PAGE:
600 migrants, including 100 children, are currently missing, swallowed up in the deep waters separating Libya from Greece. The Greek Coast Guard seems to have attempted to bring the vessel into Italian waters, so that it would no longer have to take charge, avoiding intervention when the boat – overloaded with men, women, and children searching for freedom from misery, war, poverty, and violence – capsized. The deaths are many, following those in Cutro, on the Calabrian coast, and those in Maltese waters. As the article, within this journal, by Hagen Kopp from WatchTheMed Alarm Phone recalls, the number of deaths in the Mediterranean was 957 since the beginning of 2023, before the shipwreck of June 14th. These deaths, the Libyan hell they faced, are planned and far from fortuitous aspects of the policies of the European Union, which has now avowedly made racism, deportations, pushbacks, and exploitation the basis of the only possible form of cooperation among its member states. This journal aims to offer an overview of the transformations taking place at the European and non-European levels with respect to migrants’ conditions and possibilities of struggle, migration policies, and policies of reception and exploitation of migrants. But it also seeks to show the possible points of attack and connection that can unite migrants crossing the Mediterranean and eastern borders, with those, within European borders, who are crammed into horrible reception centers and those who work at an unsustainable pace, without protections and often without documents.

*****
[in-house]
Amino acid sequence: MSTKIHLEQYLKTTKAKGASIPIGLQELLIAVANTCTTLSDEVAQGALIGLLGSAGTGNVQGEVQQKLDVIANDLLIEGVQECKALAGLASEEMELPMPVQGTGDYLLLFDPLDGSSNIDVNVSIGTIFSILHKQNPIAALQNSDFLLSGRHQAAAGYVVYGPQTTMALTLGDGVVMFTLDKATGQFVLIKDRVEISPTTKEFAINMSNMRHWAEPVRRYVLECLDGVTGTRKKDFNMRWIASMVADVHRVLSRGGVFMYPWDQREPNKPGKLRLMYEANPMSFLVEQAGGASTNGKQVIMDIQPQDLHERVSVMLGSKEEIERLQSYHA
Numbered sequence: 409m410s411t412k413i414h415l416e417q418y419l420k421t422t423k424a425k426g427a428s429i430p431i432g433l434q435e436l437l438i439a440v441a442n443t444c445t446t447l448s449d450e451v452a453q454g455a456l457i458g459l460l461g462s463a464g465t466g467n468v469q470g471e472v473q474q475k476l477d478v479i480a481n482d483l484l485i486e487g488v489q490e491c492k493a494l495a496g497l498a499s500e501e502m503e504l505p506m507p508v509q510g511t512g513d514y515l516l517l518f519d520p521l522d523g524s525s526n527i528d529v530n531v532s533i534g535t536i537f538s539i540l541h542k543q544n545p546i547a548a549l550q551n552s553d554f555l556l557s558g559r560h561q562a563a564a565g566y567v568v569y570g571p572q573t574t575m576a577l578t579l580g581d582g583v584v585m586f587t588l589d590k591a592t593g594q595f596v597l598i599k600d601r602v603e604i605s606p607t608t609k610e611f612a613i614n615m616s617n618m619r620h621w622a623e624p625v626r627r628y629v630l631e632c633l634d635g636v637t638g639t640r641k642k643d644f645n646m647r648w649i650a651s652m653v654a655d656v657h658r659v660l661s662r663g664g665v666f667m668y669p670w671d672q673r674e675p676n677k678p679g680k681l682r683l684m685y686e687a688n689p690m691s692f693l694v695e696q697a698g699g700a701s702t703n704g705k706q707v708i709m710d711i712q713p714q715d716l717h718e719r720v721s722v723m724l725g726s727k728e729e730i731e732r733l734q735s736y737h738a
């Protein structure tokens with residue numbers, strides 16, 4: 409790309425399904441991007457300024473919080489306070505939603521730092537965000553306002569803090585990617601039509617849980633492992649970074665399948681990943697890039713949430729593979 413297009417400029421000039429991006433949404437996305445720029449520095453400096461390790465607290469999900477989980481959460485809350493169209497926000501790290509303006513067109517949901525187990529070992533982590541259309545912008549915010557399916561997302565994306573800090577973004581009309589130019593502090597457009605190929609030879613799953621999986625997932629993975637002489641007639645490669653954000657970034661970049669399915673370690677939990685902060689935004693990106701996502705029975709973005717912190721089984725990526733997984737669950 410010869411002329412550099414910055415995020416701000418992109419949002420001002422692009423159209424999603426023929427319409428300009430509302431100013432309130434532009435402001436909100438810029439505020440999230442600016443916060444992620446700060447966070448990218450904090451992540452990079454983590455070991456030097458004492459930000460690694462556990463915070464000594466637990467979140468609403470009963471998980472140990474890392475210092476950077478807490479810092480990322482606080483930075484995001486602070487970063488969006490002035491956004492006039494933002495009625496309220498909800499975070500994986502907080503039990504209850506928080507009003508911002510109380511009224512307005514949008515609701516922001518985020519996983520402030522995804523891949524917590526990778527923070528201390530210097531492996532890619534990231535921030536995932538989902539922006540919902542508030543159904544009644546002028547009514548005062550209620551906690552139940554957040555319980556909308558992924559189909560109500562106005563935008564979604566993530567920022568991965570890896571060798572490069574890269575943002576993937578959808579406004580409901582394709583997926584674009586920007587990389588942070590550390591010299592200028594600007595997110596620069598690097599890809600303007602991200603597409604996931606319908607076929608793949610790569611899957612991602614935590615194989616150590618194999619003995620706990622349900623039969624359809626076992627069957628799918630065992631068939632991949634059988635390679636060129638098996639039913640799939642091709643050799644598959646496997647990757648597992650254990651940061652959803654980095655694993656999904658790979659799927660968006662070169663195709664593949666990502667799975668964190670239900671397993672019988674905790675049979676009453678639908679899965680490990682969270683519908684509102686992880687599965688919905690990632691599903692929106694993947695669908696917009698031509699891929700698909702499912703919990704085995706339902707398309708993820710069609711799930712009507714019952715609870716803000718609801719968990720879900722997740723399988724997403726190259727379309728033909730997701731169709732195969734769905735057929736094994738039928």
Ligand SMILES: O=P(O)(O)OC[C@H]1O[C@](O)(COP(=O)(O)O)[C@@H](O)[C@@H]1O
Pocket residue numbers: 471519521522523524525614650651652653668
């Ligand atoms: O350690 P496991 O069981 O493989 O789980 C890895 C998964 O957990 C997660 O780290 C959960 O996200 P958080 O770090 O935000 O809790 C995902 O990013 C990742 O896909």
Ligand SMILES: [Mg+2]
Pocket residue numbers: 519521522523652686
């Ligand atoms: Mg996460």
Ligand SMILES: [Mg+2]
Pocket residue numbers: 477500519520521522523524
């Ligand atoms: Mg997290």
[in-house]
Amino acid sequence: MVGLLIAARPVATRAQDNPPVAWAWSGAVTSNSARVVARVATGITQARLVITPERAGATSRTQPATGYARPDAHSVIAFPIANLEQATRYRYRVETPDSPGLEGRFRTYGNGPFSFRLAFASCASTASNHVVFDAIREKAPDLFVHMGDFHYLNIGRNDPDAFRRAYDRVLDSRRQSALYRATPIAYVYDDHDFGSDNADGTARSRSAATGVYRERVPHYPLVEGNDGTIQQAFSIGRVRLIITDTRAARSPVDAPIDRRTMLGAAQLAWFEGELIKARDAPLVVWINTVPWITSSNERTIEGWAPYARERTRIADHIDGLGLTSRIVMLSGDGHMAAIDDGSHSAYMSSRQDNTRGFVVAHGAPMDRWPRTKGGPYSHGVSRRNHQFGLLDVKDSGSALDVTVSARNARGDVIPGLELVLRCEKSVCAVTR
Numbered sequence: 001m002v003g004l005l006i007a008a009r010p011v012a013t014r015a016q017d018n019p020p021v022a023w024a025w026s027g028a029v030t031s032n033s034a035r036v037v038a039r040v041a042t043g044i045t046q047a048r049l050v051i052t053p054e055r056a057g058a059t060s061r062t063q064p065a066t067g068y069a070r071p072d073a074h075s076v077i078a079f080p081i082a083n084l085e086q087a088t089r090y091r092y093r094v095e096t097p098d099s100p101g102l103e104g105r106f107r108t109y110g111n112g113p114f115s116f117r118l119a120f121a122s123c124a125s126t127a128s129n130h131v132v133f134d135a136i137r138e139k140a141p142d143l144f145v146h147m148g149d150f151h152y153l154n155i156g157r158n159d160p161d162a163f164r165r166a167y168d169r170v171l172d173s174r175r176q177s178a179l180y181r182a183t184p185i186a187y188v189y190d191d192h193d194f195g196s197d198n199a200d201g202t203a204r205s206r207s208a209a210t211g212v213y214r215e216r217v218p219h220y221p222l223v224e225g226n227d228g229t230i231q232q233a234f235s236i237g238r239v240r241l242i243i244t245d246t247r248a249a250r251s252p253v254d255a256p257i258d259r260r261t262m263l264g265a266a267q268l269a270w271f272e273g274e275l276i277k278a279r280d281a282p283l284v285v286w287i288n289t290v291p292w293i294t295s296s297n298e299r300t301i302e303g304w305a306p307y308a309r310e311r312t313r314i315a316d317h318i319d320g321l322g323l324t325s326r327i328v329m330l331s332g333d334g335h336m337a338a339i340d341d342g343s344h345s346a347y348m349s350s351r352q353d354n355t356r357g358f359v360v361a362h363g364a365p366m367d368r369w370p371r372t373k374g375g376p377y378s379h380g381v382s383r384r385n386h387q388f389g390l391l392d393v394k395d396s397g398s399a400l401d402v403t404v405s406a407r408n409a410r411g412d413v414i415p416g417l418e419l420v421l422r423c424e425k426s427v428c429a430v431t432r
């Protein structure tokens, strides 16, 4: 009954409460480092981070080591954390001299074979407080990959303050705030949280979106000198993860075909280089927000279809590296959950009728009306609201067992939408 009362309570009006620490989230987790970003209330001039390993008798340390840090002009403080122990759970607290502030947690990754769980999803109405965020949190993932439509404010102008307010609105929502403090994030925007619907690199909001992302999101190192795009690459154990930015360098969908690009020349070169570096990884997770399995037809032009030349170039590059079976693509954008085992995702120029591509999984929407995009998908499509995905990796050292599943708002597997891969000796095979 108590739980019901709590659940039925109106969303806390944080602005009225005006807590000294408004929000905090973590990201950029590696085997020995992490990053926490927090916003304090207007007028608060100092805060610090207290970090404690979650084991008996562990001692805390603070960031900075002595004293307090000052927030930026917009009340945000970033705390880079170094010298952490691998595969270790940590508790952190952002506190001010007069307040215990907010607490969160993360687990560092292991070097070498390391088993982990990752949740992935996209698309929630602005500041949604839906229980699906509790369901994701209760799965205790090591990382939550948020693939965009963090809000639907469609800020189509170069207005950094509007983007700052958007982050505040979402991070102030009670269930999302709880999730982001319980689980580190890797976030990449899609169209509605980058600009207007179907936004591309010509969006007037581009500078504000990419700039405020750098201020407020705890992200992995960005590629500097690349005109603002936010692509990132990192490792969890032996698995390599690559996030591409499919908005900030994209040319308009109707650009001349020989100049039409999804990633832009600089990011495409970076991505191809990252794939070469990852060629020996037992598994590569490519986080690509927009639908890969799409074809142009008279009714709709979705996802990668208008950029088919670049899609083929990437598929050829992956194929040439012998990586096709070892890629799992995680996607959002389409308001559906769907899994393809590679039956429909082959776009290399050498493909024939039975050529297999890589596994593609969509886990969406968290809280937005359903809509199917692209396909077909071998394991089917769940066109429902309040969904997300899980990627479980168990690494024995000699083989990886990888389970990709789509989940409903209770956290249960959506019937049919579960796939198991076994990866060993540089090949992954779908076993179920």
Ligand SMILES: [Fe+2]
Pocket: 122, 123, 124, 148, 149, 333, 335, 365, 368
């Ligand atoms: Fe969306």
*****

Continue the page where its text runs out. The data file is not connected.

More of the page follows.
The agreement reached by the EU in early June on migration and asylum institutionalizes and formalizes longstanding practices and trends. Indeed, it provides for the speeding up of border procedures (reduced to 12 weeks) for deciding who to take in and who to send back, it gives member states the option of not accepting relocations by giving countries of first arrival money to keep migrants, but most importantly it shows the EU’s external projection, which relies on agreements with third countries to take back migrants who have arrived in Europe. As the article written by Nidzara Ahmetasevic and Milica Svabic shows, along the EU’s eastern borders and in the Balkans it is possible to observe the tendency to outsource borders or to deport and extradite through bilateral agreements migrants between Balkan countries, as the article by the Infokolpa collective explains. At the same time, North Africa, as well as Sub-Saharan Africa, is more and more clearly becoming the fiercest watchdog of European borders. According to the new EU agreement on migration and asylum, third countries no longer need to be the countries of origin of rejected migrants, nor do they need to have signed the Geneva Convention: it is enough for them to keep migrants on their own territory in special detention centers financed by the EU. This is why Erdogan’s victory, which Ozan Mirka discusses in his article, is after all a relief for the EU, and why Tunisia’s brutal racism with sub-Saharan migrants can be ignored in the attempt to achieve an agreement, all the more so because the lagers for forced labor in which migrants are held in those countries can be covered up, as the article by the Women’s Assembly of the Bologna Migrant Coordination shows, with agreements on creating “sustainable” jobs and promoting renewable energy. The European dimension of the management of migrant flows makes it clear that it is at the European and transnational level that the racist border regime must be dealt with, and it is the urgency of this transnational level of communication, connection, and organization of struggles that this journal wants to broaden and support.